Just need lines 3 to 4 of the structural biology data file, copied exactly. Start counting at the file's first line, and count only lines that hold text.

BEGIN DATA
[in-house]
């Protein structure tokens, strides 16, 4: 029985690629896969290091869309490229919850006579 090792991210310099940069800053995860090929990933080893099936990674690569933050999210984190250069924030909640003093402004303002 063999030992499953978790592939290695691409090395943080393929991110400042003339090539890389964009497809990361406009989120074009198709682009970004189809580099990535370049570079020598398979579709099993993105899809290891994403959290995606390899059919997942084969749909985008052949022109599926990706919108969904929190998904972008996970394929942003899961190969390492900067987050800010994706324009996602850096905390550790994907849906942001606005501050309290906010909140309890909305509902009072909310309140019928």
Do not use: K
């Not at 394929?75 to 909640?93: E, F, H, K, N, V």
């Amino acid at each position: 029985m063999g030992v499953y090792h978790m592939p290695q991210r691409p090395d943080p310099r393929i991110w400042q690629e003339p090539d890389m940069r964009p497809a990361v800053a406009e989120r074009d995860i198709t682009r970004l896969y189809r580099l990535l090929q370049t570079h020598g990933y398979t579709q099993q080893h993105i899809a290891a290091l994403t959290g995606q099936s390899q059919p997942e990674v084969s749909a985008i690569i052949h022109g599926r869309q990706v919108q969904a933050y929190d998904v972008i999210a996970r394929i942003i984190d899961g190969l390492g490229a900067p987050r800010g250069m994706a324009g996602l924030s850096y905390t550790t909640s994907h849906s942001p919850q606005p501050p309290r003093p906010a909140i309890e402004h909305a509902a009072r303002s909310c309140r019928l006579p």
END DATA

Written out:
Do not use: K
């Not at 394929?75 to 909640?93: E, F, H, K, N, V």